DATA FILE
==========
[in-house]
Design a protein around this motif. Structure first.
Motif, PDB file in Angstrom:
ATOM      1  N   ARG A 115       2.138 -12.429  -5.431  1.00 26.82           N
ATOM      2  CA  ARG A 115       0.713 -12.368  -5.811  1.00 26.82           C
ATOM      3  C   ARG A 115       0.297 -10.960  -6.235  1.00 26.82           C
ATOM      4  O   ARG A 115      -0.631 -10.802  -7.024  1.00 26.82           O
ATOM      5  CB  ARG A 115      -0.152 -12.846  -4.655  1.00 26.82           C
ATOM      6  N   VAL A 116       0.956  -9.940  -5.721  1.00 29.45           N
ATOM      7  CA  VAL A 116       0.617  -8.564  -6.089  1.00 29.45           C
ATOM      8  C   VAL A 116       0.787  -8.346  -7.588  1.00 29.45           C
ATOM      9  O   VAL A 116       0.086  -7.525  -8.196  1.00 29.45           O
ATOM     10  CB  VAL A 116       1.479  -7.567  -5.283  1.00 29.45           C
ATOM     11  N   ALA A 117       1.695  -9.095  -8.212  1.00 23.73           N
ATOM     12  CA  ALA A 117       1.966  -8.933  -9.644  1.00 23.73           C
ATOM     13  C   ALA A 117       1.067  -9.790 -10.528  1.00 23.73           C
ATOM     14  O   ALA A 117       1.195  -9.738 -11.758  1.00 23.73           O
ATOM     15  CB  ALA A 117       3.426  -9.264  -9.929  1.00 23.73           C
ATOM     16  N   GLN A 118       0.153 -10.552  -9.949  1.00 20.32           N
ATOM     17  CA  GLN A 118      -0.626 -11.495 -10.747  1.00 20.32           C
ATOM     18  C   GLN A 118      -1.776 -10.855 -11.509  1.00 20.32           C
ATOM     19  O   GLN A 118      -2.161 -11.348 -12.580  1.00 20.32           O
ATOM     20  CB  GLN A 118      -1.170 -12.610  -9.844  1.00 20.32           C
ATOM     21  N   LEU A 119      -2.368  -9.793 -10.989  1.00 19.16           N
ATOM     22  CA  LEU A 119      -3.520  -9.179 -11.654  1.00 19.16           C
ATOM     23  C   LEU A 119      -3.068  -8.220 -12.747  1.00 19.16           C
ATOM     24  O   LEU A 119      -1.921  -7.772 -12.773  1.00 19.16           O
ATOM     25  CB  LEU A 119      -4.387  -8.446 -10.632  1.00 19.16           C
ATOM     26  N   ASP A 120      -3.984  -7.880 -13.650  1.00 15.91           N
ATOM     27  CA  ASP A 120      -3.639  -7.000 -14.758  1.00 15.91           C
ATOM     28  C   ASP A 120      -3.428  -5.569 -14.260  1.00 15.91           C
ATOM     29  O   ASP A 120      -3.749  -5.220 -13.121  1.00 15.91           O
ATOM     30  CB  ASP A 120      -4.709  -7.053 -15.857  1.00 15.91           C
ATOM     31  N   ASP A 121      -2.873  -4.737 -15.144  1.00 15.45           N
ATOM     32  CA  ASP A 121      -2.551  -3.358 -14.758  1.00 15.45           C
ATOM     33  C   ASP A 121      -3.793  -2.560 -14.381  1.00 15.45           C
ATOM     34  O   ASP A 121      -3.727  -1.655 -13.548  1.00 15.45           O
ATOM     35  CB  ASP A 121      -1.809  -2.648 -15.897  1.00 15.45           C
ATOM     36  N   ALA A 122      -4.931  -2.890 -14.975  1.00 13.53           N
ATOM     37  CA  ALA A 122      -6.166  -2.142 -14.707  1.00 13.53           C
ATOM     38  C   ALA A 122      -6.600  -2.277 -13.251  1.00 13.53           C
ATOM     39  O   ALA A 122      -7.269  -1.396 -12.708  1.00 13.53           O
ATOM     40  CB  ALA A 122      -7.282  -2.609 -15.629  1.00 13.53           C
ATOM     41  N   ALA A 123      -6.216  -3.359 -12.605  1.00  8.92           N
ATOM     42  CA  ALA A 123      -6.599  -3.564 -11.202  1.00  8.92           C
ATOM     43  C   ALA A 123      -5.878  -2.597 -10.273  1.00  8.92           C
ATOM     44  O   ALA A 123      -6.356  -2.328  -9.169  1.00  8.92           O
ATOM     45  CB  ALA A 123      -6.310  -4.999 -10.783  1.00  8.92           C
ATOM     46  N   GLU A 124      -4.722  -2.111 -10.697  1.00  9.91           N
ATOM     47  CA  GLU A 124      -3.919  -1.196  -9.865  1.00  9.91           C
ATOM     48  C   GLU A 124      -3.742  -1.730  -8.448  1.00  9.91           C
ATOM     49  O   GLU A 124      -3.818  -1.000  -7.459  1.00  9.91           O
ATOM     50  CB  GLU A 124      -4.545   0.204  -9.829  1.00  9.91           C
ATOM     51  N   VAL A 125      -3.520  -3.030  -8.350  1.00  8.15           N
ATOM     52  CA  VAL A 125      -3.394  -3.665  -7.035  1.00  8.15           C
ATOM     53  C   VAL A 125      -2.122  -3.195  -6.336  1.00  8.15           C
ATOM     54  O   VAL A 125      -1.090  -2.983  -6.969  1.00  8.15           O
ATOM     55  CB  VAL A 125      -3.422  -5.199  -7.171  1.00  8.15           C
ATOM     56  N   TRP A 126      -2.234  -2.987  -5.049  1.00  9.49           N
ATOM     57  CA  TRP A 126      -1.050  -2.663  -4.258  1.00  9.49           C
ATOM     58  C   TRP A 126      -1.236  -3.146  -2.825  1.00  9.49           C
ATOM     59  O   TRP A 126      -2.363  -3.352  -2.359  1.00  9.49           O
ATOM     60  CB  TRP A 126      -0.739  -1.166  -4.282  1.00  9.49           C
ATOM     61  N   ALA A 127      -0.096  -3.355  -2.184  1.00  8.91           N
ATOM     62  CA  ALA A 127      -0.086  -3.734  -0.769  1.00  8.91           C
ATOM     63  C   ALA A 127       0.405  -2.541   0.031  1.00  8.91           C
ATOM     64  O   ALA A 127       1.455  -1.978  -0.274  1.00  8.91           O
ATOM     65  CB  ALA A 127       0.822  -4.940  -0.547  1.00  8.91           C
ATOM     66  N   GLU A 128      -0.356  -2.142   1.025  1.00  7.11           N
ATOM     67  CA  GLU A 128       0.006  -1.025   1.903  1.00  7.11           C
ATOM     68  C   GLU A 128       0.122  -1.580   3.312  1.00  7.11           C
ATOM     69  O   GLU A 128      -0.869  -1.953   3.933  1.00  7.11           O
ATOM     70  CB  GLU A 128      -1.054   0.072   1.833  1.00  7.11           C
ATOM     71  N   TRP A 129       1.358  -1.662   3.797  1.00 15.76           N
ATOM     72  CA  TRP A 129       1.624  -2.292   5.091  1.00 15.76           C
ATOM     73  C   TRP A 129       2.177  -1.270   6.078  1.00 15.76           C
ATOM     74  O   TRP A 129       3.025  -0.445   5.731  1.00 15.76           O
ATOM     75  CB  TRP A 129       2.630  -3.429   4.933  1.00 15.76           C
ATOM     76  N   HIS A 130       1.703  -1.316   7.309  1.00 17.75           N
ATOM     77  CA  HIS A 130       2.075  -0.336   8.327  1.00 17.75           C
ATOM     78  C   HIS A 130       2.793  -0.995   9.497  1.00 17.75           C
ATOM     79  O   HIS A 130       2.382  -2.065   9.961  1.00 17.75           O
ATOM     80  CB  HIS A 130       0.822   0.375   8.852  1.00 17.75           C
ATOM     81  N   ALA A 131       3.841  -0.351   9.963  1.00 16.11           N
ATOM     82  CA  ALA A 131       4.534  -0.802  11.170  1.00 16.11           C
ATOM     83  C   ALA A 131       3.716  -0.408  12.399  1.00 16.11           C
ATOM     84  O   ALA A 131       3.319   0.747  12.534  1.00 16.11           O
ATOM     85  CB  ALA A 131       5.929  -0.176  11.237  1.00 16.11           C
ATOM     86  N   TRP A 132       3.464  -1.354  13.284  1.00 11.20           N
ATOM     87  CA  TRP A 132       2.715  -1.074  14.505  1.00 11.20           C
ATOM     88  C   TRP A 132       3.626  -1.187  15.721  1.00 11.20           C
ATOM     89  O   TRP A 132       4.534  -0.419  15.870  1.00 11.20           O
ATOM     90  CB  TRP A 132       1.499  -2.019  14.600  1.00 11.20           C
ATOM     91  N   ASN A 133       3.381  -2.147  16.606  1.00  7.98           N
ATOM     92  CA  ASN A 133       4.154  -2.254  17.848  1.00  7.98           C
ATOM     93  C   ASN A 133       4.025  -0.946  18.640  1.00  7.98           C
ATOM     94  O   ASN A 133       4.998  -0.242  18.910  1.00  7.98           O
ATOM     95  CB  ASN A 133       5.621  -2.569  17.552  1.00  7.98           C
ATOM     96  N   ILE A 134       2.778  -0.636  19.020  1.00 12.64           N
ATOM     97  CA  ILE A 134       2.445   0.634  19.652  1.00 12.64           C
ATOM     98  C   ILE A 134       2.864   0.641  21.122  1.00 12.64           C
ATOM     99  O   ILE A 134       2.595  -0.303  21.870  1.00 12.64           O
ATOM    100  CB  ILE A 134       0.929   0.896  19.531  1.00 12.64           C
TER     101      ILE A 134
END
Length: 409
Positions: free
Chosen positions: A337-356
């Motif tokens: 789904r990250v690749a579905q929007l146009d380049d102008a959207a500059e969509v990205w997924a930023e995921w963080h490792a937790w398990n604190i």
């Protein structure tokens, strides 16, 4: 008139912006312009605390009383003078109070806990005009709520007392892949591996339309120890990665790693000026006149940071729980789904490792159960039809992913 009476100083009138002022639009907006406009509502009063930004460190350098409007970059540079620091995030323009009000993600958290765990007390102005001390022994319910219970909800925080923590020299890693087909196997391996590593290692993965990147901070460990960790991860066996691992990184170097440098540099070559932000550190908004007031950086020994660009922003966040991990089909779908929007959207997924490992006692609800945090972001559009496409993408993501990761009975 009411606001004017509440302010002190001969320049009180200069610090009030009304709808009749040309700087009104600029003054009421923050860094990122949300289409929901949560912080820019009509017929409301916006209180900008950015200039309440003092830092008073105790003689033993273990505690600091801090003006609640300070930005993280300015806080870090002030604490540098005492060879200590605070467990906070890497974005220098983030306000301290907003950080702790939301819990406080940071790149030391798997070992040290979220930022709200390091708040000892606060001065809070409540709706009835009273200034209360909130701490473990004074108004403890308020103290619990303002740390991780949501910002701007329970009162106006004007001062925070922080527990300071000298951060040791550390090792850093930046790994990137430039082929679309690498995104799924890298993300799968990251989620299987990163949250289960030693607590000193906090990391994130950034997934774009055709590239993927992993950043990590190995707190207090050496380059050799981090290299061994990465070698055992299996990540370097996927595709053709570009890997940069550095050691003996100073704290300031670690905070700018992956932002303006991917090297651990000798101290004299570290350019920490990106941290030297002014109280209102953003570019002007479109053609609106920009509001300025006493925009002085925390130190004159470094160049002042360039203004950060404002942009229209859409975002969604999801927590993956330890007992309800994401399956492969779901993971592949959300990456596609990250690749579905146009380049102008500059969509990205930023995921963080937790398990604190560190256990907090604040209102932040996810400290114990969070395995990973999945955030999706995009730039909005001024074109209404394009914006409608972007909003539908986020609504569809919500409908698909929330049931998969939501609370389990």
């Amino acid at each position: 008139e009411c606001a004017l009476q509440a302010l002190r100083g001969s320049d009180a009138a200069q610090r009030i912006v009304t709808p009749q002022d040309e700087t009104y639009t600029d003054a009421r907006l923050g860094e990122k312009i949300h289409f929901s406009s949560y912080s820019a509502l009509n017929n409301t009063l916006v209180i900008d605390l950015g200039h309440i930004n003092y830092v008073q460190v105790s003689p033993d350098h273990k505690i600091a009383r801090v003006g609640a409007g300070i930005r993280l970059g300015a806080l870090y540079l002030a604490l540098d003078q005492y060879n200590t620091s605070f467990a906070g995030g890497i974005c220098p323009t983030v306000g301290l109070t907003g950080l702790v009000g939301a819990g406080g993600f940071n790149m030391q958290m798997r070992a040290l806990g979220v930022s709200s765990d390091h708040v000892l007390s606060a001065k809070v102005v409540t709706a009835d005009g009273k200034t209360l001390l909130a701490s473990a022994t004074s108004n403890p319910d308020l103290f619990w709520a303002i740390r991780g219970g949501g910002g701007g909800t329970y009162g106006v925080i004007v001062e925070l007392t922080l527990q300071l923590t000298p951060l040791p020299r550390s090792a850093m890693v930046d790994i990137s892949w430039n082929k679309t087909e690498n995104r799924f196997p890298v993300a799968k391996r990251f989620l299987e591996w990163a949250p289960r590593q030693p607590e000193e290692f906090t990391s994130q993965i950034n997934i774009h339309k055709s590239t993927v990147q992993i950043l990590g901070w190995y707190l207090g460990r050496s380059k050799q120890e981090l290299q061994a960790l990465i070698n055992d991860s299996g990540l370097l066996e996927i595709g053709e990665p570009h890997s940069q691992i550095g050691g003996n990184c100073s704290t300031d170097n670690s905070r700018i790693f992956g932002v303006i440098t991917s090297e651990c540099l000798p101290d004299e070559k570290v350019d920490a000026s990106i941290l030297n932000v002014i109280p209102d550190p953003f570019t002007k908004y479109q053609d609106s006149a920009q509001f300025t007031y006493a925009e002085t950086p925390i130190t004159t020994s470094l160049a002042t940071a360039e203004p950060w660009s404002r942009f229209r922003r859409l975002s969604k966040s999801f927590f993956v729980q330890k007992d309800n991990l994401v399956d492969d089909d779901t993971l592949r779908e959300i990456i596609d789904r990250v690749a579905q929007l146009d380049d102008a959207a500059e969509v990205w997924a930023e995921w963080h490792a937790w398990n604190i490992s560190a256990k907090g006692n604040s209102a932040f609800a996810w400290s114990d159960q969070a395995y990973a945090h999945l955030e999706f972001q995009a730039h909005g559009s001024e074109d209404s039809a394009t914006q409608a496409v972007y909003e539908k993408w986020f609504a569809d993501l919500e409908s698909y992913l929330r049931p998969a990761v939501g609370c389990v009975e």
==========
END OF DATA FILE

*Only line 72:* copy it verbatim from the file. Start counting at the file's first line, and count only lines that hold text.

ATOM     69  O   GLU A 128      -0.869  -1.953   3.933  1.00  7.11           O